New and significant repositories of musical data afford unique opportunities to apply data analysis techniques to ascertain insights of musical engagement. These repositories include performance, listening, curation, and behavioral data. Often the data in these repositories also includes demographic and/or location information, allowing studies of musical behavior, for example, to be correlated with culture or geography. Historically, the analysis of musical behaviors was limited. Often, subjects (e.g. performers or listeners) were recruited for such studies. This technique suffered from issues around methodology (e.g. the sample set of subjects would often exhibit bias) or an insufficient number of subjects and/or data to make reliable statements of significance. That is to say the conclusions from these studies were largely anecdotal. In contrast to these historical studies, the availability of new repositories of musical data allow for studies in musical engagement to develop conclusions that pass standards of significance, thereby yielding actual insights into musical behaviors. This tutorial will demonstrate several techniques and examples where correlation and statistical analysis is applied to large repositories of musical data to document various facets of musical engagement. Web site: https://ccrma.stanford.edu/damp/ Stanford University has created a new corpus of amateur music performance data, the Stanford Digital Archive of Mobile Performances, or DAMP, to facilitate the study of musical engagement through application of correlation and statistical analysis. [We are adding another corpus of geo-tagged of singing performance data to DAMP this month].

Tutorial 6. Automatic music transcription

(Zhiyao Duan, Emmanouil Benetos)

Download HERE the material for Tutorial 6.

E.T.S.I. Telecomunicación. Sala de Grados A

Automatic Music Transcription (AMT) is a fundamental problem in music information retrieval. Roughly speaking, transcription refers to extracting a symbolic representation —a list of notes (pitches and rhythms)—from an audio signal. Music transcription is a fascinating but challenging task, even for humans: in undergraduate music education it is usually called dictation, and achieving a high level of proficiency requires years of practice and training. Empowering this ability to machines is an even more challenging problem, especially for automatically transcribing polyphonic music. To that end, the AMT problem has drawn great interest of researchers from several areas including signal processing, machine learning, acoustics, music theory, and music cognition. In terms of applications, a successful AMT system would be helpful for solving many MIR research problems, including music source separation, structure analysis, content-based music retrieval, and musicological study of non-notated music, just to name a few. This tutorial will give an overview of the AMT problem, including current approaches, datasets and evaluation methodologies. It will also explore connections with other related problems (i.e. audio-score alignment, source separation) as well as applications to related fields, such as content-based music retrieval and computational musicology. The tutorial is designed for students and researchers who have general knowledge of music information retrieval and/or computational musicology and are interested in getting into the field of AMT. A substantial amount of time will be spent in discussing challenges and research directions; we hope that this discussion will help move this field forward, and influence related fields in MIR and computational musicology to exploit AMT technologies. The tutorial will also include hands-on sessions on using AMT code and plugins - participants will be encouraged to bring their laptops and gain access to transcription datasets, as well as work on AMT examples.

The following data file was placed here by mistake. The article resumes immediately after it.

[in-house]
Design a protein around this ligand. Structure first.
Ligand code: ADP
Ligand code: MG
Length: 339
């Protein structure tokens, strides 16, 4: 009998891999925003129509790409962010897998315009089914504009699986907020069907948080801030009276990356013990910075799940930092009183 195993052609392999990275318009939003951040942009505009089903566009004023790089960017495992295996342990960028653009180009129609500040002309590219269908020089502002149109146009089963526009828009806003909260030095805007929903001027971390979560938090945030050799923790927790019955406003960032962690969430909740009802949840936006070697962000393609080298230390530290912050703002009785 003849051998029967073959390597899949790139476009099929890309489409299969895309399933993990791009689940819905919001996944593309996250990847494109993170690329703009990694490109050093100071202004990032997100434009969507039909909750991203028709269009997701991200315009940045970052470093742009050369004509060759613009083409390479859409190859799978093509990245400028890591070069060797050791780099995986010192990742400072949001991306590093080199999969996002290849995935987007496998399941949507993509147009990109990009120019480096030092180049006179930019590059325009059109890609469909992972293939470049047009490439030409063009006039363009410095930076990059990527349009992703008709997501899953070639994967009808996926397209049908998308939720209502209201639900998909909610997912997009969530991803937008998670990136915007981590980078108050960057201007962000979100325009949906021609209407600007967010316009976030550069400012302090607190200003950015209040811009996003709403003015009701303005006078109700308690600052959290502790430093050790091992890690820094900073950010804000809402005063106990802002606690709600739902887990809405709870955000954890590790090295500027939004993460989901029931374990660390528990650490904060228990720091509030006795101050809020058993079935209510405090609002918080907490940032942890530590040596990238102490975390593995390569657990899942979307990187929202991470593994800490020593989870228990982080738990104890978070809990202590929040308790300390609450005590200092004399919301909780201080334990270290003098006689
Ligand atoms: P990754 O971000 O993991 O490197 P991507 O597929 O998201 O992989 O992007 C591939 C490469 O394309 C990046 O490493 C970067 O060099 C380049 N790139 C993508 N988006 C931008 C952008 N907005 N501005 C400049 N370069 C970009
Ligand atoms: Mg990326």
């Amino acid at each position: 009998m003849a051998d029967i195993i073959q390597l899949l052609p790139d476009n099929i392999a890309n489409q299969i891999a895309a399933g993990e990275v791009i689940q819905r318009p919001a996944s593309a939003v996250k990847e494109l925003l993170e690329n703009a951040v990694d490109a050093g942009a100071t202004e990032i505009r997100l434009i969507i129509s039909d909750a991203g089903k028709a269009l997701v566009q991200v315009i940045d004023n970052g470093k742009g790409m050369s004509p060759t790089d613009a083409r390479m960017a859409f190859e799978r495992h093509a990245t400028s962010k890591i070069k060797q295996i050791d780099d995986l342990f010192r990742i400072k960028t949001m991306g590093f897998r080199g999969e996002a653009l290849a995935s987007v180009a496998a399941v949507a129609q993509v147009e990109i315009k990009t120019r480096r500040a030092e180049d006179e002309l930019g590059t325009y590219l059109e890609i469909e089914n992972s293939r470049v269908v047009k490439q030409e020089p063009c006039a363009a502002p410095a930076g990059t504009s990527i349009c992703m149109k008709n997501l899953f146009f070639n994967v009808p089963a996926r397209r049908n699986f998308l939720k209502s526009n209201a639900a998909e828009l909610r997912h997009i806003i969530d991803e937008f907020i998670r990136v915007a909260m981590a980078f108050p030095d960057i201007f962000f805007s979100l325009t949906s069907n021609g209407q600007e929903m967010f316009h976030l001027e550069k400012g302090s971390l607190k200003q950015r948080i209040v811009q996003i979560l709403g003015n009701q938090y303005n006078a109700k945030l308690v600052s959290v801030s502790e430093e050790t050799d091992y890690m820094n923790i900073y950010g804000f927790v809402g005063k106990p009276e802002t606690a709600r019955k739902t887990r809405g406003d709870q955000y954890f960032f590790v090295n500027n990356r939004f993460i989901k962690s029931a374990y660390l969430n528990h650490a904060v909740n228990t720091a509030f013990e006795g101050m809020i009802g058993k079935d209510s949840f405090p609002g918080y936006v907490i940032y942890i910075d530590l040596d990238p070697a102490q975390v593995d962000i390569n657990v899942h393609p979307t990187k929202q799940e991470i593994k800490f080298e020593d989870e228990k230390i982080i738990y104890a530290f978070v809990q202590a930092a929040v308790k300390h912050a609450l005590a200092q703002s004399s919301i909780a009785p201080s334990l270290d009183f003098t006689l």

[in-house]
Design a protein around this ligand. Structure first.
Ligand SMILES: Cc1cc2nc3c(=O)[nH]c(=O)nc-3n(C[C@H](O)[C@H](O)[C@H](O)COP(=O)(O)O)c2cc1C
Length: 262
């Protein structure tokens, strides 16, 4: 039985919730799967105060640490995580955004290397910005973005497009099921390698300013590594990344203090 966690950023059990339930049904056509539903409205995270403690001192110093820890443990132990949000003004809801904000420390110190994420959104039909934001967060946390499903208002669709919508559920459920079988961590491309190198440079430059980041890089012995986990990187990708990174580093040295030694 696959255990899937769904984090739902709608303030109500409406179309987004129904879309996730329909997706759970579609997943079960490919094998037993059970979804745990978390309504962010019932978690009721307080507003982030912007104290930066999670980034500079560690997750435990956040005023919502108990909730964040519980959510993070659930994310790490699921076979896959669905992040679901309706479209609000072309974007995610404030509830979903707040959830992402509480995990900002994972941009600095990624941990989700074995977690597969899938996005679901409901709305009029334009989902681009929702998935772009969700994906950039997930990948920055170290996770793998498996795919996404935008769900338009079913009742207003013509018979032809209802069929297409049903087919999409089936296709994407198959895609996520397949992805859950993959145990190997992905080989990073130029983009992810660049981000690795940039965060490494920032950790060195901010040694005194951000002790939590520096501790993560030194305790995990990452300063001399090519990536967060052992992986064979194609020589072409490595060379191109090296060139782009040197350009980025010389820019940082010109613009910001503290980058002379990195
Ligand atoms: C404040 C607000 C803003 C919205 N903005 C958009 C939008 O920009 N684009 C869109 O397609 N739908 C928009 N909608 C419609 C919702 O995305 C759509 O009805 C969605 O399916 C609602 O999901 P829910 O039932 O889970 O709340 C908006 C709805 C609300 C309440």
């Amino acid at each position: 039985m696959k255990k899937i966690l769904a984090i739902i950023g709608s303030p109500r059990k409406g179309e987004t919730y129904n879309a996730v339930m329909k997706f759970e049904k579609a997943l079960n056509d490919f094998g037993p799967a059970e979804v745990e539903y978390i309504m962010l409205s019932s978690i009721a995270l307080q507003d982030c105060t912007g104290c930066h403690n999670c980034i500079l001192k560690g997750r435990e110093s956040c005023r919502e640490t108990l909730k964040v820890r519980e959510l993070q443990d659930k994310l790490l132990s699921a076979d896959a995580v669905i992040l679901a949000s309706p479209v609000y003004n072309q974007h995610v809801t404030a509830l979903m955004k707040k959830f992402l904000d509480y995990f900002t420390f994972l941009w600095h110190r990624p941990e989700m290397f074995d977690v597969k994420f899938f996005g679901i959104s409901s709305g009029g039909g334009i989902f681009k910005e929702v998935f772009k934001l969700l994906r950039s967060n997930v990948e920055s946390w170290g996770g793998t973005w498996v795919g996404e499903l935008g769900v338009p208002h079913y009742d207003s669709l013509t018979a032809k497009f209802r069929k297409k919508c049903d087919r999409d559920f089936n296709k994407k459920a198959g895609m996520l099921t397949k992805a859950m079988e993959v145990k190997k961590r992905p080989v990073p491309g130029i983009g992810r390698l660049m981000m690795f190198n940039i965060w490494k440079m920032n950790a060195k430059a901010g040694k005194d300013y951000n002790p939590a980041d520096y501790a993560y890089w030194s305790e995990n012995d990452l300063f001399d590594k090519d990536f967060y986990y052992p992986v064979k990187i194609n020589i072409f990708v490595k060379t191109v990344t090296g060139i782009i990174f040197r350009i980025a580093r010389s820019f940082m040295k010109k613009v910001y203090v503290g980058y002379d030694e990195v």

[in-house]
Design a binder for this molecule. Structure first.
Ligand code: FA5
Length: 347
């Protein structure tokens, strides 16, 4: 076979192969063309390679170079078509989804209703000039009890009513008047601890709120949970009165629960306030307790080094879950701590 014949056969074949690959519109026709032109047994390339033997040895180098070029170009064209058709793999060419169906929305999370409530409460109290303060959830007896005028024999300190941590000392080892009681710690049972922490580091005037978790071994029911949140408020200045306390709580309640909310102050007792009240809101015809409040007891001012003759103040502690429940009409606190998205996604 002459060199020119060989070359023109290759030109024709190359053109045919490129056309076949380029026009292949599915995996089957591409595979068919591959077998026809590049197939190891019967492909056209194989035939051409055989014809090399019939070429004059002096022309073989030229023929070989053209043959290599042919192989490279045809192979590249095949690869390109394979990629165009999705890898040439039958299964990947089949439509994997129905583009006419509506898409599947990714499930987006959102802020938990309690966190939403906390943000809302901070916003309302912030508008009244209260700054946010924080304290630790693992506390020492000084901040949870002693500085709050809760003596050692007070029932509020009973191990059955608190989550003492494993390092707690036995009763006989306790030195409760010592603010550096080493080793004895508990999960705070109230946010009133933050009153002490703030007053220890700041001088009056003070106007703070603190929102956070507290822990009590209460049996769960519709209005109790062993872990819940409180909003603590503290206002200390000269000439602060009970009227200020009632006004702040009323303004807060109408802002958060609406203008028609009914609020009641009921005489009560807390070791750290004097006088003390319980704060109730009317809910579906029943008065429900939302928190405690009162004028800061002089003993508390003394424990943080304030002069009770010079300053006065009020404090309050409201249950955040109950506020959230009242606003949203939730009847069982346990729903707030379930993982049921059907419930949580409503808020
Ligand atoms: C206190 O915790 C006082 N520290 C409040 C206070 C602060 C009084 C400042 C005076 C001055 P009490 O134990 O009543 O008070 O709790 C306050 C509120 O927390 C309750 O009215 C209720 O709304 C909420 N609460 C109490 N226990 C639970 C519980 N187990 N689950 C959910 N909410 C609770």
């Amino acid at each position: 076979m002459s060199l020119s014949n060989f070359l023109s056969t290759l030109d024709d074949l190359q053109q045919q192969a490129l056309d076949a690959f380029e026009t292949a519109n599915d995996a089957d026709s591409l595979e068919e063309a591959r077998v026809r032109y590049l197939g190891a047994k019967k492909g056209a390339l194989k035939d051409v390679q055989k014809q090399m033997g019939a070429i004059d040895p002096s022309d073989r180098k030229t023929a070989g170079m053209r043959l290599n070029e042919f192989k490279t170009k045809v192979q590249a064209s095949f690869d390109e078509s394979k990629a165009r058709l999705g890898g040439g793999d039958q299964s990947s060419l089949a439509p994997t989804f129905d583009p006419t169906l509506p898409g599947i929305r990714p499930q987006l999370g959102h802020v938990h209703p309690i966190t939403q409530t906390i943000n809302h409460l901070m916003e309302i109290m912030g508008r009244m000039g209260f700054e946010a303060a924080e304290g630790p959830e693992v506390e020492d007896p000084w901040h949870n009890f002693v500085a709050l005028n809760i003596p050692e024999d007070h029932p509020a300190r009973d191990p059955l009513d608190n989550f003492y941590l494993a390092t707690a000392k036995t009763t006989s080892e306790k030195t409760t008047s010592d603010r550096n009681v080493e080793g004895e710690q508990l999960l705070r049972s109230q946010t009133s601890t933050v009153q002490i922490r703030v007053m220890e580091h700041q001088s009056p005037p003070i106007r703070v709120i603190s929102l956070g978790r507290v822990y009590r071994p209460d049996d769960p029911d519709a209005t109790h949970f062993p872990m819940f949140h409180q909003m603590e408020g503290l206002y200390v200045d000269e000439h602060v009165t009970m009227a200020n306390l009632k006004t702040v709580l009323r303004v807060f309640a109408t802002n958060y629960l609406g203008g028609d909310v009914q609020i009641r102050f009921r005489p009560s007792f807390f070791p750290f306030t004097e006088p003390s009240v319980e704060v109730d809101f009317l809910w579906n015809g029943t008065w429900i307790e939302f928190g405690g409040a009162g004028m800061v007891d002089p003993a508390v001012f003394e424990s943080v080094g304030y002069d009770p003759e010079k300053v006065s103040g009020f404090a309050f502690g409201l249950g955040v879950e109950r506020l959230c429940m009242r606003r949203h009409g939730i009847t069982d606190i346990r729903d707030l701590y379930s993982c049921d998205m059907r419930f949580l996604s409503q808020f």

Sala Grados B